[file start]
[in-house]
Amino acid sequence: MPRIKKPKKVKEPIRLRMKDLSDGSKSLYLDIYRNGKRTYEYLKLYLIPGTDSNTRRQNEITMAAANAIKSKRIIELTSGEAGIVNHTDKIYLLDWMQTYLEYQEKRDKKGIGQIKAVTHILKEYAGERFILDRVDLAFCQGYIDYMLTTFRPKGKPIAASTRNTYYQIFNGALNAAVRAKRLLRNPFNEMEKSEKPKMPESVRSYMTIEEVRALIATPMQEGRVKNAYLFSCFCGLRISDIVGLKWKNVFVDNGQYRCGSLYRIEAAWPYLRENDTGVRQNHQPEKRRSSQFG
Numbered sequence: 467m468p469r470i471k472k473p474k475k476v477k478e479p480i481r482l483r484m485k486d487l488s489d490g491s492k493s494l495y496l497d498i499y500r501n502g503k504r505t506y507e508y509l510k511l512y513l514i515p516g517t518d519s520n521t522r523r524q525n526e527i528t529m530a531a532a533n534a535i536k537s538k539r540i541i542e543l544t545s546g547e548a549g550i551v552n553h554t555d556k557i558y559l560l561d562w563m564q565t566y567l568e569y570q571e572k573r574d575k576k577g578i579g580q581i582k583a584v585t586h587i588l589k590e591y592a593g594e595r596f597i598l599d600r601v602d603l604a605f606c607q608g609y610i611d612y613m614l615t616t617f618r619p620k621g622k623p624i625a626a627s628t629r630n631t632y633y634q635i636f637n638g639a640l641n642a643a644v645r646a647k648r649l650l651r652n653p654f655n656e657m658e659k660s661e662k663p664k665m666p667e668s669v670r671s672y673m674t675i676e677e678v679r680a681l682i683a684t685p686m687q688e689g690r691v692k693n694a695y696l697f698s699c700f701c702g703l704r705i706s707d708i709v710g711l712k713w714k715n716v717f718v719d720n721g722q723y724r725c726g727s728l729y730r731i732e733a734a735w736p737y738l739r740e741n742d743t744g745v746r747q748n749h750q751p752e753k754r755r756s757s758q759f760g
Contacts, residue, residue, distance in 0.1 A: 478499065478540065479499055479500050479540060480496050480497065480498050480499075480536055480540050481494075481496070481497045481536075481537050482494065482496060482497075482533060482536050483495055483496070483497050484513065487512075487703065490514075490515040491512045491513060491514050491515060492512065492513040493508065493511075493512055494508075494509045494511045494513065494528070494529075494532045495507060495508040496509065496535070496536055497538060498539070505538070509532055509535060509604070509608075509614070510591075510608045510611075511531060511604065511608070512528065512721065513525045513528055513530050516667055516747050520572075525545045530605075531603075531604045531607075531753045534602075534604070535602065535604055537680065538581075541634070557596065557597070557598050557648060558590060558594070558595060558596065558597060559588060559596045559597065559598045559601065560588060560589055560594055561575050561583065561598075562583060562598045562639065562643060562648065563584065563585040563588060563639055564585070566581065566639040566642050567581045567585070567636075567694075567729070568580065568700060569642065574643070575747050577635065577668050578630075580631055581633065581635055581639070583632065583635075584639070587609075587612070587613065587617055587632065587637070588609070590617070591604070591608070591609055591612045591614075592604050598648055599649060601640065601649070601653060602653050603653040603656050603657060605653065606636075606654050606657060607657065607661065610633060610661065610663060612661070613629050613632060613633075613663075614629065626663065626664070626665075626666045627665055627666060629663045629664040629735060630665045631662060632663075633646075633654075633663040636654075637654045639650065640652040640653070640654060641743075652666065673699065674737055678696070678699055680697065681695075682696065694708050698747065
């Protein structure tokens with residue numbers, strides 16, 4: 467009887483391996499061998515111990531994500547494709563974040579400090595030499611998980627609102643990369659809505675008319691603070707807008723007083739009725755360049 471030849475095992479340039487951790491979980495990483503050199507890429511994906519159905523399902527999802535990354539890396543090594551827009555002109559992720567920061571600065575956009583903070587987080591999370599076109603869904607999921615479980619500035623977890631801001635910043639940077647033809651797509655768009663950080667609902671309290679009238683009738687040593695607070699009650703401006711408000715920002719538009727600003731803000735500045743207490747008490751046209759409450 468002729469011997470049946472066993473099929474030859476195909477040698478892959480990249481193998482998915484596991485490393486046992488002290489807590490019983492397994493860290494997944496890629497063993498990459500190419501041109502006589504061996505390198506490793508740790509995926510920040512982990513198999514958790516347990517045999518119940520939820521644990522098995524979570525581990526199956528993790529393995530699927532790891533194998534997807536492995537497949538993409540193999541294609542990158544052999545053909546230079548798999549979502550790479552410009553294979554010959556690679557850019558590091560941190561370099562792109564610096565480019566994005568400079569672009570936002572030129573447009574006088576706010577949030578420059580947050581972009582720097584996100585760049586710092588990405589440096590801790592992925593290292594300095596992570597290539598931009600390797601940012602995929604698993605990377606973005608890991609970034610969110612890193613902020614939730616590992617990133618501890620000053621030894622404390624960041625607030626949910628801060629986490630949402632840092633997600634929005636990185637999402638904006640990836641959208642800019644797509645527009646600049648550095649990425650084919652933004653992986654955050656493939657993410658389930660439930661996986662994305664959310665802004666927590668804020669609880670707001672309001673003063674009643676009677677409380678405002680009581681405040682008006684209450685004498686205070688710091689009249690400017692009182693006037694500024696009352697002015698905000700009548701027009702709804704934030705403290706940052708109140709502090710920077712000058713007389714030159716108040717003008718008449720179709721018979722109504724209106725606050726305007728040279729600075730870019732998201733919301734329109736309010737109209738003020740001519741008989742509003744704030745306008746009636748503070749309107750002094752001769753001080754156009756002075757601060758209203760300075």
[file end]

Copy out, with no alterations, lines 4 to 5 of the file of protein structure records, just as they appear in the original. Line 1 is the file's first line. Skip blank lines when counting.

Contacts, residue, residue, distance in 0.1 A: 478499065478540065479499055479500050479540060480496050480497065480498050480499075480536055480540050481494075481496070481497045481536075481537050482494065482496060482497075482533060482536050483495055483496070483497050484513065487512075487703065490514075490515040491512045491513060491514050491515060492512065492513040493508065493511075493512055494508075494509045494511045494513065494528070494529075494532045495507060495508040496509065496535070496536055497538060498539070505538070509532055509535060509604070509608075509614070510591075510608045510611075511531060511604065511608070512528065512721065513525045513528055513530050516667055516747050520572075525545045530605075531603075531604045531607075531753045534602075534604070535602065535604055537680065538581075541634070557596065557597070557598050557648060558590060558594070558595060558596065558597060559588060559596045559597065559598045559601065560588060560589055560594055561575050561583065561598075562583060562598045562639065562643060562648065563584065563585040563588060563639055564585070566581065566639040566642050567581045567585070567636075567694075567729070568580065568700060569642065574643070575747050577635065577668050578630075580631055581633065581635055581639070583632065583635075584639070587609075587612070587613065587617055587632065587637070588609070590617070591604070591608070591609055591612045591614075592604050598648055599649060601640065601649070601653060602653050603653040603656050603657060605653065606636075606654050606657060607657065607661065610633060610661065610663060612661070613629050613632060613633075613663075614629065626663065626664070626665075626666045627665055627666060629663045629664040629735060630665045631662060632663075633646075633654075633663040636654075637654045639650065640652040640653070640654060641743075652666065673699065674737055678696070678699055680697065681695075682696065694708050698747065
């Protein structure tokens with residue numbers, strides 16, 4: 467009887483391996499061998515111990531994500547494709563974040579400090595030499611998980627609102643990369659809505675008319691603070707807008723007083739009725755360049 471030849475095992479340039487951790491979980495990483503050199507890429511994906519159905523399902527999802535990354539890396543090594551827009555002109559992720567920061571600065575956009583903070587987080591999370599076109603869904607999921615479980619500035623977890631801001635910043639940077647033809651797509655768009663950080667609902671309290679009238683009738687040593695607070699009650703401006711408000715920002719538009727600003731803000735500045743207490747008490751046209759409450 468002729469011997470049946472066993473099929474030859476195909477040698478892959480990249481193998482998915484596991485490393486046992488002290489807590490019983492397994493860290494997944496890629497063993498990459500190419501041109502006589504061996505390198506490793508740790509995926510920040512982990513198999514958790516347990517045999518119940520939820521644990522098995524979570525581990526199956528993790529393995530699927532790891533194998534997807536492995537497949538993409540193999541294609542990158544052999545053909546230079548798999549979502550790479552410009553294979554010959556690679557850019558590091560941190561370099562792109564610096565480019566994005568400079569672009570936002572030129573447009574006088576706010577949030578420059580947050581972009582720097584996100585760049586710092588990405589440096590801790592992925593290292594300095596992570597290539598931009600390797601940012602995929604698993605990377606973005608890991609970034610969110612890193613902020614939730616590992617990133618501890620000053621030894622404390624960041625607030626949910628801060629986490630949402632840092633997600634929005636990185637999402638904006640990836641959208642800019644797509645527009646600049648550095649990425650084919652933004653992986654955050656493939657993410658389930660439930661996986662994305664959310665802004666927590668804020669609880670707001672309001673003063674009643676009677677409380678405002680009581681405040682008006684209450685004498686205070688710091689009249690400017692009182693006037694500024696009352697002015698905000700009548701027009702709804704934030705403290706940052708109140709502090710920077712000058713007389714030159716108040717003008718008449720179709721018979722109504724209106725606050726305007728040279729600075730870019732998201733919301734329109736309010737109209738003020740001519741008989742509003744704030745306008746009636748503070749309107750002094752001769753001080754156009756002075757601060758209203760300075």